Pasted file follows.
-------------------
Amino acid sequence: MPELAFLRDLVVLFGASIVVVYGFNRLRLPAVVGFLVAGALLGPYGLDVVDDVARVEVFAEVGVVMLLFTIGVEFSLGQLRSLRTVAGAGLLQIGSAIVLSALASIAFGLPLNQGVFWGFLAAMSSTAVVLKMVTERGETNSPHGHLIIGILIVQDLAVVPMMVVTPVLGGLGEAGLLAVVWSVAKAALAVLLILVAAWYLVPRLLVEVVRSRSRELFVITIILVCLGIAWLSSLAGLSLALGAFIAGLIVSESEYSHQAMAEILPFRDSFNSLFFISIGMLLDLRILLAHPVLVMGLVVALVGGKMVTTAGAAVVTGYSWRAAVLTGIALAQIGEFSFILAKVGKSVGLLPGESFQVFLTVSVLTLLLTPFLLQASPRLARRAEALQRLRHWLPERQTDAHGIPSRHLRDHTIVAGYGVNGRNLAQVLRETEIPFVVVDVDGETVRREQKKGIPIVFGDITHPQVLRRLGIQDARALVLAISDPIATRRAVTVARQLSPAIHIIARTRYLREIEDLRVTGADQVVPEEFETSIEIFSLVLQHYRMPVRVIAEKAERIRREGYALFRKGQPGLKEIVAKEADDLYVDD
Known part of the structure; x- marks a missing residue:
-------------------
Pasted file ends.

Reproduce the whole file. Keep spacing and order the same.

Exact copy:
Amino acid sequence: MPELAFLRDLVVLFGASIVVVYGFNRLRLPAVVGFLVAGALLGPYGLDVVDDVARVEVFAEVGVVMLLFTIGVEFSLGQLRSLRTVAGAGLLQIGSAIVLSALASIAFGLPLNQGVFWGFLAAMSSTAVVLKMVTERGETNSPHGHLIIGILIVQDLAVVPMMVVTPVLGGLGEAGLLAVVWSVAKAALAVLLILVAAWYLVPRLLVEVVRSRSRELFVITIILVCLGIAWLSSLAGLSLALGAFIAGLIVSESEYSHQAMAEILPFRDSFNSLFFISIGMLLDLRILLAHPVLVMGLVVALVGGKMVTTAGAAVVTGYSWRAAVLTGIALAQIGEFSFILAKVGKSVGLLPGESFQVFLTVSVLTLLLTPFLLQASPRLARRAEALQRLRHWLPERQTDAHGIPSRHLRDHTIVAGYGVNGRNLAQVLRETEIPFVVVDVDGETVRREQKKGIPIVFGDITHPQVLRRLGIQDARALVLAISDPIATRRAVTVARQLSPAIHIIARTRYLREIEDLRVTGADQVVPEEFETSIEIFSLVLQHYRMPVRVIAEKAERIRREGYALFRKGQPGLKEIVAKEADDLYVDD
Known part of the structure; x- marks a missing residue: